Emilie-Gamelin Park in downtown Montreal played host the Manikashuna, the
Innu word for an outdoor encampment, June 17 - 20. The encampment featured
artists and craftspeople demonstrating and selling their wares. The site
was laid out in three symbolic zones: one area dedicated to Plains, one to
Iroquoian and one to Algonguian cultures.
This year saw the kickoff of the Wapikoni Mobile on June 17, an original
project by Manon Barbeau for the benefit of First Nations' youth. Les
Productions des Beaux Jours and the National Film Board of Canada (NFB)
transformed an RV into a training studio that will visit six Quebec First
Nations communities to introduce video and the Internet to Aboriginal
The Wapikoni Mobile will stop off first in Mauricie, in the Atikamekw
communities of Wemotaci, Manawan and Opitciwan and will travel on to
Abitibi-Temiscamingue, to the Algonquin communities of Pikogan, Kitcisakik
and Lac Simon.
The highlight of the festival was the dance demonstration and parade held
June 19. Seven dance troupes representing cultures from North and South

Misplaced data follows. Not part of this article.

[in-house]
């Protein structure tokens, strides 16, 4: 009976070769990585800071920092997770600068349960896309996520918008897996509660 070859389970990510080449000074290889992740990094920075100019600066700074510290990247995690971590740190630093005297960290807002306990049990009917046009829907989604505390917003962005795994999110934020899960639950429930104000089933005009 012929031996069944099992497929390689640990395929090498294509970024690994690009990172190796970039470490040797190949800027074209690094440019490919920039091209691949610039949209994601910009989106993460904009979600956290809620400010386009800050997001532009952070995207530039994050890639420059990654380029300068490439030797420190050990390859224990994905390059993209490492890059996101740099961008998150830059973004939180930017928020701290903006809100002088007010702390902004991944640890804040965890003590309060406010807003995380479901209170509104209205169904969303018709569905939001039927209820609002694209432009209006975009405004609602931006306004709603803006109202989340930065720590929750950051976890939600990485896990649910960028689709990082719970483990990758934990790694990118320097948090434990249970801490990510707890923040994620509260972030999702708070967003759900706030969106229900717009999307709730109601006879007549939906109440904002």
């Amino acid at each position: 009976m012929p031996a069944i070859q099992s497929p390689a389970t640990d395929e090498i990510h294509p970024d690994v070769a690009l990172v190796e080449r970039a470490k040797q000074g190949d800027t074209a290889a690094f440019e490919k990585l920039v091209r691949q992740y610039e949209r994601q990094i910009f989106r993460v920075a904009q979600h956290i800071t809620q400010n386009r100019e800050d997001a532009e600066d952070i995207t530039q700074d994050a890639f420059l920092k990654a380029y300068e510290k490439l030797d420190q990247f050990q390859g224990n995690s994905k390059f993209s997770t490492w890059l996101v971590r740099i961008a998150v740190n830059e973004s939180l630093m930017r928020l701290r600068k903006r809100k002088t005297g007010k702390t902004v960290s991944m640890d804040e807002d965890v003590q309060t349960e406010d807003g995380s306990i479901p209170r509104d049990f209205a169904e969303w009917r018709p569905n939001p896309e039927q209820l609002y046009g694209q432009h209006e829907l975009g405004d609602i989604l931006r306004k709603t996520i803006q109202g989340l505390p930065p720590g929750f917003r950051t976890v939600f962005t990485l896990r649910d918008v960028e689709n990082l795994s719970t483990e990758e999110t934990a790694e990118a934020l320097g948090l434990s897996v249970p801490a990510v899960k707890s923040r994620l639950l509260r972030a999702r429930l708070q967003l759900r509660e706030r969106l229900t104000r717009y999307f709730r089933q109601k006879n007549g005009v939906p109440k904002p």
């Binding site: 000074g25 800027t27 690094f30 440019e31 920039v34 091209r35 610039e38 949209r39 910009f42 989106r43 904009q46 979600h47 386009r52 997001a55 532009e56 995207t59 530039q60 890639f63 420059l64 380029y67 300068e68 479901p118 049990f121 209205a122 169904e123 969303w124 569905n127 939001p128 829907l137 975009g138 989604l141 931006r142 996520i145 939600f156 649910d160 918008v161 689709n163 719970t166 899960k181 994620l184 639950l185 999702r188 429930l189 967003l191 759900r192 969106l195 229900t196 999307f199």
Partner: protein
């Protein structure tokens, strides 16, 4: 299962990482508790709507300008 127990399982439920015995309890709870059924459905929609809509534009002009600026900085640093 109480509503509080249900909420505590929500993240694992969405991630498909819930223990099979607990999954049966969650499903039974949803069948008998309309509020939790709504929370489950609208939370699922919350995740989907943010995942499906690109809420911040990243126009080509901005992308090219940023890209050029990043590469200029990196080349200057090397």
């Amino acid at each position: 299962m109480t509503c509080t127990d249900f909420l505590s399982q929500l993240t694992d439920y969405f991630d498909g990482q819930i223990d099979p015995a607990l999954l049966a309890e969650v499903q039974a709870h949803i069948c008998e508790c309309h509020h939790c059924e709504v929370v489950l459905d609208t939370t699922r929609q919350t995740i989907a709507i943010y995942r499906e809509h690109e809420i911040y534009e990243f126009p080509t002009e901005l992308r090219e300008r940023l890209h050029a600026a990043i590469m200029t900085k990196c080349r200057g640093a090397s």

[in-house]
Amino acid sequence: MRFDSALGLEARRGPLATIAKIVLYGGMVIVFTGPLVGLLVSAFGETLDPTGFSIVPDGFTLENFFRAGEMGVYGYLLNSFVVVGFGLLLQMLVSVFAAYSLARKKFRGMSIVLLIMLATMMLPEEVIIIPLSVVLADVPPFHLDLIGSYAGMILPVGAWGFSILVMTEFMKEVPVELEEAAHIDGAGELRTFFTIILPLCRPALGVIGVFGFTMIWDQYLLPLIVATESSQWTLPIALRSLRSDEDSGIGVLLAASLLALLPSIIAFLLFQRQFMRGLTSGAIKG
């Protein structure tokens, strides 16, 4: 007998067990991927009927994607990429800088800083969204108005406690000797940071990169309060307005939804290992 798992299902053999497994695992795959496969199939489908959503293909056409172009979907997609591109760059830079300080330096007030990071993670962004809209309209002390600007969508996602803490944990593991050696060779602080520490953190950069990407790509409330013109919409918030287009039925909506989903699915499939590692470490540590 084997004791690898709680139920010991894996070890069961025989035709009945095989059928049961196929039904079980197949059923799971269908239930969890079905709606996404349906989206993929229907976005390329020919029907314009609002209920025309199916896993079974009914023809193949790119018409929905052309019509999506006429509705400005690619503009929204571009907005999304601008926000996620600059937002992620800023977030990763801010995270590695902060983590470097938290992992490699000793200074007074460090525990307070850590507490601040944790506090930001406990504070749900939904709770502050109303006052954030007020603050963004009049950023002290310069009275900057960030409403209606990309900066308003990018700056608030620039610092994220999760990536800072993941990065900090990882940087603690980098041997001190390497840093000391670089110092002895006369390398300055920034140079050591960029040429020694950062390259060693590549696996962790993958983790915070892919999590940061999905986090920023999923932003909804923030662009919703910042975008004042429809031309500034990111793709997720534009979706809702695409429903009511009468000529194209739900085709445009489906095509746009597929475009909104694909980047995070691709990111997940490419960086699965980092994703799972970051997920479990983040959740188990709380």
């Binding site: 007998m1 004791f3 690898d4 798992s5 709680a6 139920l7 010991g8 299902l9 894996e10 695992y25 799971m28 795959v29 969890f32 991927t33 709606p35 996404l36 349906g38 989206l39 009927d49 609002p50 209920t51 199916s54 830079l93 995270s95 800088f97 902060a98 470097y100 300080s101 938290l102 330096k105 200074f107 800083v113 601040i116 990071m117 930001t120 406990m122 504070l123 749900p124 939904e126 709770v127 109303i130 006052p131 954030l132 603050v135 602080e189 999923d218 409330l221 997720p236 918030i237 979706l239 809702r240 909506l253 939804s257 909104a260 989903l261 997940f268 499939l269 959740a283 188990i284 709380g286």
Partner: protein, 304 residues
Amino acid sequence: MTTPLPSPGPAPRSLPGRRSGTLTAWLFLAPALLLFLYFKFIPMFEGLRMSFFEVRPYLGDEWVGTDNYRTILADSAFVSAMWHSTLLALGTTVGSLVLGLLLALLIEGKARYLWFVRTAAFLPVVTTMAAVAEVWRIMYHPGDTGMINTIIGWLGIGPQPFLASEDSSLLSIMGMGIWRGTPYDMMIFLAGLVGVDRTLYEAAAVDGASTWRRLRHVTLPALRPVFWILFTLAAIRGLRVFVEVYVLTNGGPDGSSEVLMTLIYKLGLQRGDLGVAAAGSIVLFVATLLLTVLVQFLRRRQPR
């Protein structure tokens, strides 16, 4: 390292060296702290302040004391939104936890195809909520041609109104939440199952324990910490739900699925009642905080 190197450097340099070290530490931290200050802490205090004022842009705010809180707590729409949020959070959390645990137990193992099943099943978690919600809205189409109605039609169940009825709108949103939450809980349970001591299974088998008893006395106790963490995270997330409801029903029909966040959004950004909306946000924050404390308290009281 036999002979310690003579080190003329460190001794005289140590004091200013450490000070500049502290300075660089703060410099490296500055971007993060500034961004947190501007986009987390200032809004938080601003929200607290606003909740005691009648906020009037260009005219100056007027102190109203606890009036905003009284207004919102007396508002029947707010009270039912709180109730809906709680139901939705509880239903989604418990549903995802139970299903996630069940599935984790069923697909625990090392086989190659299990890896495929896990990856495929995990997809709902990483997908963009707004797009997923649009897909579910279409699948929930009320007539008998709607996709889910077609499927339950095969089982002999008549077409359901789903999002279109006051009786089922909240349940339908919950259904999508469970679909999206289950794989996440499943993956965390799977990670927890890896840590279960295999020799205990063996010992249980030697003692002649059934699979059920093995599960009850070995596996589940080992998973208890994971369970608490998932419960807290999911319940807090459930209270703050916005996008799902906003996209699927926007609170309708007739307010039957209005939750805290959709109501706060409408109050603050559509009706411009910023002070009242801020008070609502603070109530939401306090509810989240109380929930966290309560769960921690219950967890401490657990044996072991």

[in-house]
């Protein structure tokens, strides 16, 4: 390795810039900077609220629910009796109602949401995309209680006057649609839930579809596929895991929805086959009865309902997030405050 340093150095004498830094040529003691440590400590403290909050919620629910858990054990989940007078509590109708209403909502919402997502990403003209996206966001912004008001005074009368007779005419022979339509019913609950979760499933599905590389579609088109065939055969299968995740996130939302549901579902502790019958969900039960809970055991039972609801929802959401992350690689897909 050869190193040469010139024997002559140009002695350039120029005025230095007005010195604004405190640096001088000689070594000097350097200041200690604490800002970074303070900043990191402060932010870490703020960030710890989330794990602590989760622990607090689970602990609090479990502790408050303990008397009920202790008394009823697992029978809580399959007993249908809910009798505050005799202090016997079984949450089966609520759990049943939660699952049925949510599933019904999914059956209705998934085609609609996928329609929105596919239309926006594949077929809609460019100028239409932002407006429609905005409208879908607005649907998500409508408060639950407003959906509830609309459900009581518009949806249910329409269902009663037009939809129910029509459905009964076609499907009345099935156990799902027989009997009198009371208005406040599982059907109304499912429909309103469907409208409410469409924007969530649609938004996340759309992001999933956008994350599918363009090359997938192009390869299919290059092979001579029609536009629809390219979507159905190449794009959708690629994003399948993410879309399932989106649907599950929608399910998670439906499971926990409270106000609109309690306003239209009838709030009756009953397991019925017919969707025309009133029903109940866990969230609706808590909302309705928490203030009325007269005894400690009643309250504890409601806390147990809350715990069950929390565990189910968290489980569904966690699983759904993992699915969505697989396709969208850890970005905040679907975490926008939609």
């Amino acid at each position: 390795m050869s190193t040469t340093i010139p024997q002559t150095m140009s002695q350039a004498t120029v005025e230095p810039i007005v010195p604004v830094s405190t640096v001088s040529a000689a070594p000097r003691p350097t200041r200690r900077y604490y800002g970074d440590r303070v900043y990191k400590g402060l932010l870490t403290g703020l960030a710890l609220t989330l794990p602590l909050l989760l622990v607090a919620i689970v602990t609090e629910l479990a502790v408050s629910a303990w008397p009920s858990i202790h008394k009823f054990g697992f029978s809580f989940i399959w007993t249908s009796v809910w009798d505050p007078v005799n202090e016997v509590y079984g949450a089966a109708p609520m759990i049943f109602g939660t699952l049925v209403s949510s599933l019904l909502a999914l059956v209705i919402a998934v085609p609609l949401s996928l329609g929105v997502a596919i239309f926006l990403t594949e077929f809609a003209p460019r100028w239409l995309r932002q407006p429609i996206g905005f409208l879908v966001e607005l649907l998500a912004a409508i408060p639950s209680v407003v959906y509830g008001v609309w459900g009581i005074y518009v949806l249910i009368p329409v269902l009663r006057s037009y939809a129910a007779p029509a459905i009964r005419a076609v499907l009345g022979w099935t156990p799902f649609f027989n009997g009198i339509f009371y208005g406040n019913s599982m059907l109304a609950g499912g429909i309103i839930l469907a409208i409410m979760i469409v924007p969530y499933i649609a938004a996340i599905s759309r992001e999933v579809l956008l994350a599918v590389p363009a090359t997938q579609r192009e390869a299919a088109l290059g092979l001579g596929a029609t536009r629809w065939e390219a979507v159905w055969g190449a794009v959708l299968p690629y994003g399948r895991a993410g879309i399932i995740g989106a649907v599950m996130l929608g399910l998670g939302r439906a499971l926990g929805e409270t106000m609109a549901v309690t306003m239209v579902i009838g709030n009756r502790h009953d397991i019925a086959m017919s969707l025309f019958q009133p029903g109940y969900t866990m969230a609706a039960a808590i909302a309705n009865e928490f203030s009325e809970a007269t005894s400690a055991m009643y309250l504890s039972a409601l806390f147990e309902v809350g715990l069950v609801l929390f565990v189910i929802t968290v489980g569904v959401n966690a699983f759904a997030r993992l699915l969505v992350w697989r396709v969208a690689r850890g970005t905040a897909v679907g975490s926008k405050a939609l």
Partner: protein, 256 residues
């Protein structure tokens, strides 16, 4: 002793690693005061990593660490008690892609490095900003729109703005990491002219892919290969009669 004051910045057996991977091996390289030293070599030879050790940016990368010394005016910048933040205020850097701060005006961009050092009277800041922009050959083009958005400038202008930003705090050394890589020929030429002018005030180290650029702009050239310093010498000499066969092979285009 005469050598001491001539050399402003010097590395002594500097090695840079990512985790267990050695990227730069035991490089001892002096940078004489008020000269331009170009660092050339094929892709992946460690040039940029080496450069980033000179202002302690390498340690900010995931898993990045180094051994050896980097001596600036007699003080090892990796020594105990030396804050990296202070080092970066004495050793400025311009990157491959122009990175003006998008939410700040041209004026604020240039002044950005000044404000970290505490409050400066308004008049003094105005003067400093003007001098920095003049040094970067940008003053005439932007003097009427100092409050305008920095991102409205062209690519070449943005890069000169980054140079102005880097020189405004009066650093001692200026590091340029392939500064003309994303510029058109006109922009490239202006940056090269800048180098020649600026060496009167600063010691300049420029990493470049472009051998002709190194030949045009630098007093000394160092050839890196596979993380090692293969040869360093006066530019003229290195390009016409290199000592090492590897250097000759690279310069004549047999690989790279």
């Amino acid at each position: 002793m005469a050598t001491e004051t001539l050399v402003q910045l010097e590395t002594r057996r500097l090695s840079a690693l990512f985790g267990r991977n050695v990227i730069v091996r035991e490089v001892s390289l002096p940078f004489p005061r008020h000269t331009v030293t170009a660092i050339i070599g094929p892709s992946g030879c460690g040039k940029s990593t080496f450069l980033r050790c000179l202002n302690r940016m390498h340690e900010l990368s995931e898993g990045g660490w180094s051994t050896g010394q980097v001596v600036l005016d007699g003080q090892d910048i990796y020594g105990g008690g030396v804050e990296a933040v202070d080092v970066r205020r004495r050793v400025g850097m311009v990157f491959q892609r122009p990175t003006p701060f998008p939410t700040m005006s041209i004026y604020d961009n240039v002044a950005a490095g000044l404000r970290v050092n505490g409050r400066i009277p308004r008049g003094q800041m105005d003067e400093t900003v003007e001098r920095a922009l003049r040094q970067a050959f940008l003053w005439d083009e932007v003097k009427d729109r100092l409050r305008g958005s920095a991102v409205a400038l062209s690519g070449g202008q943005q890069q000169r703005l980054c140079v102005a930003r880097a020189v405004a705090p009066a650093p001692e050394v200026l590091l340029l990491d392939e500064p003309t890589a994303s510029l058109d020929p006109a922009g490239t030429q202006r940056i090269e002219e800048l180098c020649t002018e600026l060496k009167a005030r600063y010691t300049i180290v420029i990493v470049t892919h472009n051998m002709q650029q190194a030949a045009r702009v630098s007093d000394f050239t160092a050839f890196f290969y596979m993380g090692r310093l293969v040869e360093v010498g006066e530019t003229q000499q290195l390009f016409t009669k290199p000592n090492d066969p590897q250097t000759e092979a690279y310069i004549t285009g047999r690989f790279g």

America performed on a center stage intended to represent Turtle Island.
Alnobak was the first group of nine performers hailing from the Abenaki
communities of Odanak, Wolinak and the United States. They wore traditional
buckskin and performed the Grass Snake Dance to chase away evil spirits,
the Corn Dance to honor Mother Earth for feeding us, and the Teal Dance to
attract feathered game.
A Bolivian group followed the first with their whimsical folk dance and
bright outfits. Next was the flamboyant Armonia Andida who brought the
traditional dance and costume of Peru to the northern audience.
The female drum group Andicha n'de Wendat (Wendat Moon) performed next.
Their four drummers and three dancers held a smudging ceremony and
performed traditional Huron-Wendat dances. Andicha n'de Wendat was chosen
to represent Canada at Folkloridas Internationales in Hungary this August
in the Authentic Group category.
Ballets Folkloriques Mexico-Magico returned again this year with their
representation of their rich south-central Mexican heritage. Up next was
Nuevo Amanecer, a folk troupe from Boliva which drew upon their Aymara and
Capping off the performance was the local group the Thunder Hawks Dancers,
founded in 1995 by Mohawk sculptor Steve McComber. This group performs
their Mohawk ceremonies and dances extensively at conferences and cultural
events throughout Canada.
The festival was a great success said organizers. The mid-June weekend was
the first truly warm and summer-like weather Montreal had experienced.
Perhaps as a direct result of cabin fever, thousands of visitors found
their way out of their homes and came to the park to browse the crafts and
enjoy the demonstrations.